Modern History
Oil on canvas
43 x 61 cm

    Cavalry Officer (Roșior), by Ștefan Luchian

    Text&photo: Sorina Gheorghiță, Romeo Gheorghiță

    The painting Cavalry Officer (Roșior), oil on canvas, is signed in black color, on the lower left side: “Lukian”, without being dated by the author. The painting is in the NMRH collection with the inventory number 126105. Its sizes are: 43 x 61cm. This signature was sometimes used by the artist, especially for the works made and experimented in various graphic techniques, monochrome, pastel or watercolor. It can be found on some works created after the painter’s return from Paris, where he studied at the Julian Academy with professor W. Bouguereau. At the same time, Stefan Luchian was attracted to the impressionist experience, to the new ways in which artists like Eduard Manet, Courbet or Van Gogh used composition and color in painting.
    In this work, the artist presents a soldier in a military uniform of Roșior. The cavalry officer is depicted from one side, mounted on a white horse, with a rifle on his shoulder and a sword. Through its technique, the painting seems to be a sketch, although it does not precede a larger work. The harmony and chromatic contrasts of the painting are achieved by alternating tones of green, brown, ochre, applied at the same time in paint brush overlays, opposed to the tones of blue and colored grays with hints of green. The effects of light and shade were made by gradually overlaying brighter or clearer tones.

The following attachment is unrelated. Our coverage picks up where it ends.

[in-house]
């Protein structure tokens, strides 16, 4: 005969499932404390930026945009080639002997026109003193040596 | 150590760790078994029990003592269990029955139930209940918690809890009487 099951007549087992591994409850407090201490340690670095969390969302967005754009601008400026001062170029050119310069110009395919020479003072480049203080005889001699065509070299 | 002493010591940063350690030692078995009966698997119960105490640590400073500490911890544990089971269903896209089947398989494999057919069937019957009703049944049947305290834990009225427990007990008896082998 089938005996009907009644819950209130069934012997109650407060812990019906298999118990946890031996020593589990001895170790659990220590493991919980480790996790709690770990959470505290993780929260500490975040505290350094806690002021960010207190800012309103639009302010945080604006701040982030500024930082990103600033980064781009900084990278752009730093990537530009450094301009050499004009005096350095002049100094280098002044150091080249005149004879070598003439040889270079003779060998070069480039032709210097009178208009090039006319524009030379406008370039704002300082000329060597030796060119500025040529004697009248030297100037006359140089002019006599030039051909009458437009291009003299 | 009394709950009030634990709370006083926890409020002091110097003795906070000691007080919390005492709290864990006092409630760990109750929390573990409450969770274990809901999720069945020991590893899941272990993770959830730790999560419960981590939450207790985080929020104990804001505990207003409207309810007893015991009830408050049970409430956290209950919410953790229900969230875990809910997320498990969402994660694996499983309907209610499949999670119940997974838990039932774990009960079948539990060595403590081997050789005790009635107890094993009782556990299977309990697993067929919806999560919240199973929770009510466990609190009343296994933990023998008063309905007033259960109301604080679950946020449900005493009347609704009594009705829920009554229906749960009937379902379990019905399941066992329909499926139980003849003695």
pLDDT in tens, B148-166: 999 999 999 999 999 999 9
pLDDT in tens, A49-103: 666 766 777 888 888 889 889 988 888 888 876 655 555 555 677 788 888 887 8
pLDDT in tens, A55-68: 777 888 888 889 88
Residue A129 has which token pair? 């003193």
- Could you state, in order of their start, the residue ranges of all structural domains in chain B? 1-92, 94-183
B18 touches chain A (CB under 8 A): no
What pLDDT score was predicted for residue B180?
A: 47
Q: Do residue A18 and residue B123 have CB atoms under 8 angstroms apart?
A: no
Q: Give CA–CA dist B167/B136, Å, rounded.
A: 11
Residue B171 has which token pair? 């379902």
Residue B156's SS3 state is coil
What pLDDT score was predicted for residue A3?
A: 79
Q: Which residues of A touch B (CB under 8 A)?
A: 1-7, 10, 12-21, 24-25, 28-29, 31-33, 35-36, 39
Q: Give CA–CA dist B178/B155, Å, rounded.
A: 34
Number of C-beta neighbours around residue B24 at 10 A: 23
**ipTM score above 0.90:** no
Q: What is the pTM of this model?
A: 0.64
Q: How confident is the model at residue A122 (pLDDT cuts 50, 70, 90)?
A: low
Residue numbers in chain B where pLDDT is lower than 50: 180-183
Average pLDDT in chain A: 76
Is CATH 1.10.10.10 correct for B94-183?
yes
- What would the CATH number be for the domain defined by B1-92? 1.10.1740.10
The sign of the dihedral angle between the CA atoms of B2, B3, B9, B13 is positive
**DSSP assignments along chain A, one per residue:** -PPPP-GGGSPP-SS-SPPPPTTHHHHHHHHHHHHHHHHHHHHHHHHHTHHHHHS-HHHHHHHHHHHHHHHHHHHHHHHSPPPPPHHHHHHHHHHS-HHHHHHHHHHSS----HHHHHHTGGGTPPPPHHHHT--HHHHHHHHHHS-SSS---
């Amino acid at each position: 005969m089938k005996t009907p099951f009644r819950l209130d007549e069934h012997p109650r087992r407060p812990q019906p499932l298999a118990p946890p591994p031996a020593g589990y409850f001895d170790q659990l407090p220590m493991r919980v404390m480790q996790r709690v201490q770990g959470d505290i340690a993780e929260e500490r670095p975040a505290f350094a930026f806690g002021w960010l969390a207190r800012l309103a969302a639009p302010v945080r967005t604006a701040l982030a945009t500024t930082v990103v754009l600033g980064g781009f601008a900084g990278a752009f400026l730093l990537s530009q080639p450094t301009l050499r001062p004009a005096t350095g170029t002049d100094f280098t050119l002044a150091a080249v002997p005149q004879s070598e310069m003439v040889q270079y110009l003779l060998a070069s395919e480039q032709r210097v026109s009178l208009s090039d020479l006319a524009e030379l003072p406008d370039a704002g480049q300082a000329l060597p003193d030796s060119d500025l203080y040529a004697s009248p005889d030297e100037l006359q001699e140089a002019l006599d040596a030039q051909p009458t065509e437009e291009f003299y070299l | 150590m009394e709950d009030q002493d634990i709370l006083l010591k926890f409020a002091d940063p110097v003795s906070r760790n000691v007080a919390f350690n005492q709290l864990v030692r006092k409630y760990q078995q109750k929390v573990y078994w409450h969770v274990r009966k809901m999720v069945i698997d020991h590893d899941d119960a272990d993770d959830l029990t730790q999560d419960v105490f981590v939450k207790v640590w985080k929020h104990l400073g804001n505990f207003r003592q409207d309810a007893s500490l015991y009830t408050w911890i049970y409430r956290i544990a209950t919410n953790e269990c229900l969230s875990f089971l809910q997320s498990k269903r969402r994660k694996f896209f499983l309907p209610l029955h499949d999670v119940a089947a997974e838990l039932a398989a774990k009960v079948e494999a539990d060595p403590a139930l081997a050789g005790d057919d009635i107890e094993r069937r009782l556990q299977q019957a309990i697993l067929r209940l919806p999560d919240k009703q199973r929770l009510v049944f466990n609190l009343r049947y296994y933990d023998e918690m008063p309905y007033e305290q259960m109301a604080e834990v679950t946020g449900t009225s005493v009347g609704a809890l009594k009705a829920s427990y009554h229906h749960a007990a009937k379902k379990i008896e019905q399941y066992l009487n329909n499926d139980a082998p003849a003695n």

The painting suffered previous interventions for the consolidation of the support, and some excessive cleaning operations caused abrasions on the painted surface.

    The painting technique
    The auxiliary support – the wooden stretcher – was correctly made, with a slope towards the inside and mobile joints, but, as time passed, it got deteriorated. The painting support is made of linen canvas, with a thin thread and thick weaving. Subsequently, this canvas was glued to a thin cardboard, by means of an animal adhesive (glue). The preparation of the canvas is also based on glue, mixed with a white-ochre paint that contains white lead as well, according to the XRF analysis. Before stretching the canvas on the stretcher, this primer was applied in a very thin layer, which allows the structure of the canvas to be seen.